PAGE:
Common side effects of long-term PPI use are an increased risk of fractures, and an increased risk of Clostridium difficile infection.4 PPIs can also affect the absorption of various electrolytes and nutrients. Vitamin B12 and magnesium levels can be low in patients on long-term PPIs. Low magnesium levels can result in an increased risk of cardiac arrhythmia.5 There's also the possibility of interaction with various commonly used medications. It’s been shown that PPIs, when given concomitantly with clopidogrel, reduced the effectiveness of clopidogrel, increasing the potential for a cardiac event. For this reason, the package insert for clopidogrel warns against using it concomitantly with omeprazole or esomeprazole, which are commonly prescribed proton pump inhibitors.6
“All this underlines that inappropriate prescription and an open-ended usage of PPIs is not without consequence. It can result in various complications, some of which can be quite severe,” says Dr. Ali.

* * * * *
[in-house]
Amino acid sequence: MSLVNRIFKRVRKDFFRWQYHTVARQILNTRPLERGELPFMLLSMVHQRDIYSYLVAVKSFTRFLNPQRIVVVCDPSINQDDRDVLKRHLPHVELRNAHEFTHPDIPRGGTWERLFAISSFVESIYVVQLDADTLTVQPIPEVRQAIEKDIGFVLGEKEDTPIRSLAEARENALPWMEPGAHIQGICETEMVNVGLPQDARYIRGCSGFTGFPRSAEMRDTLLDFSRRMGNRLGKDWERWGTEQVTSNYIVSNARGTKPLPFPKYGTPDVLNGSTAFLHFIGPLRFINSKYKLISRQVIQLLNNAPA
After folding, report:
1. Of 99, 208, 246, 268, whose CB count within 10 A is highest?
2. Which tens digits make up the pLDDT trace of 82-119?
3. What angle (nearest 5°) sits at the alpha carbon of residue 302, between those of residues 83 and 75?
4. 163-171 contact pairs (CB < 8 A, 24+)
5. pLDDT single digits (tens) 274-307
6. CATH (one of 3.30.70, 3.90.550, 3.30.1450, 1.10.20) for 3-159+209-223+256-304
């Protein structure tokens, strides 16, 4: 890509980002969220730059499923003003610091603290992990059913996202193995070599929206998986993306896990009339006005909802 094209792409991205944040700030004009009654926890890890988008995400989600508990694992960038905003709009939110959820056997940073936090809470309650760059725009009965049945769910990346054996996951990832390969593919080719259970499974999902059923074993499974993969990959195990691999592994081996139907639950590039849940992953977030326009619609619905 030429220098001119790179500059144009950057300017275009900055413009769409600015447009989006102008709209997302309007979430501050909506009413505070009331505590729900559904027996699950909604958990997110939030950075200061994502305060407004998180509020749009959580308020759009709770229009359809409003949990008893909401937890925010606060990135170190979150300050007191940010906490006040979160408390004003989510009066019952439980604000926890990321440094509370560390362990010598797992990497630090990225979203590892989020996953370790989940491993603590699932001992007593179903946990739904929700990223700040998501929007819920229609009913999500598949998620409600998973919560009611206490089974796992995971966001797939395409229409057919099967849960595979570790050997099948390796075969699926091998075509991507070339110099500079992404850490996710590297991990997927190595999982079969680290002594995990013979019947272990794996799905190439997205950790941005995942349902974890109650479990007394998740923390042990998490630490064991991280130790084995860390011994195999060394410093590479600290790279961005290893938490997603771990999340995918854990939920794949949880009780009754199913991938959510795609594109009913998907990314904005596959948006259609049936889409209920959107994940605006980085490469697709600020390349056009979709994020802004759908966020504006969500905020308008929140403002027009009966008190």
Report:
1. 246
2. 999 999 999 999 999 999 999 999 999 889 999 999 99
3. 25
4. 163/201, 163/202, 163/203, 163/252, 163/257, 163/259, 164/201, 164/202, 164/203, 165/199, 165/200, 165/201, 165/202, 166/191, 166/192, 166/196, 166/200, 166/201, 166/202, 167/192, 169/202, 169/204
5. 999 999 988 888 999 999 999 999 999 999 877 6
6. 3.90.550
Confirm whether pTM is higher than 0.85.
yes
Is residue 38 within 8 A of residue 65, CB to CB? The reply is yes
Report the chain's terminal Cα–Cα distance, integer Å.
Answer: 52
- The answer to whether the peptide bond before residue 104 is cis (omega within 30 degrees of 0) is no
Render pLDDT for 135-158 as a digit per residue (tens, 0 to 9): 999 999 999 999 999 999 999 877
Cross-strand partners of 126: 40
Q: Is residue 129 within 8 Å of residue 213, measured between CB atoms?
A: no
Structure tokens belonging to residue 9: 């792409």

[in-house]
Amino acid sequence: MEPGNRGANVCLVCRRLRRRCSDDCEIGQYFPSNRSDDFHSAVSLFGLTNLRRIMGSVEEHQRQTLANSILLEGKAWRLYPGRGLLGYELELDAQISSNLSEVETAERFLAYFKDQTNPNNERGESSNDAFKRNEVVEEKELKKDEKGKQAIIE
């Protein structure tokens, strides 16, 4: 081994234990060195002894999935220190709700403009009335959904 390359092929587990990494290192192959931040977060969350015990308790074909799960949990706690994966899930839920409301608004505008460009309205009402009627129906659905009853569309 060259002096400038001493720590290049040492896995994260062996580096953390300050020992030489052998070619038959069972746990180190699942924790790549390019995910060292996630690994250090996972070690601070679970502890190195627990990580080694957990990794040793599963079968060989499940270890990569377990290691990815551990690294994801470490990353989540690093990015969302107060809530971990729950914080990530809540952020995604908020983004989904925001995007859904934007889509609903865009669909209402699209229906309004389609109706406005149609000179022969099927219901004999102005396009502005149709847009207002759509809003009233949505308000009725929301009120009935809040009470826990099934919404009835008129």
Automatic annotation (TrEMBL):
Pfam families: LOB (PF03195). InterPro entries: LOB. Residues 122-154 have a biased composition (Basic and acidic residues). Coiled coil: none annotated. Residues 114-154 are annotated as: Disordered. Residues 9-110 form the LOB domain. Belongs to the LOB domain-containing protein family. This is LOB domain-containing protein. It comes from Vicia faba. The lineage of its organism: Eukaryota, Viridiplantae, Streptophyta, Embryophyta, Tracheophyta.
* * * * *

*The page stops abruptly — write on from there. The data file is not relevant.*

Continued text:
Guidelines for H. Pylori Diagnosis and Treatment
One approach to reduce inappropriate PPI use is the adoption of recommendations for H. pylori diagnosis and treatment. “H. pylori is commonly suspected when a patient presents with dyspepsia,” explains Dr. Ali. “If patients under age 55 present with this complaint and don’t have any alarm signs, the recommendation is that they should be tested for H. pylori.”7-8 If the test is positive and treatment is completed, these patients should be retested to confirm whether successful eradication has been accomplished.”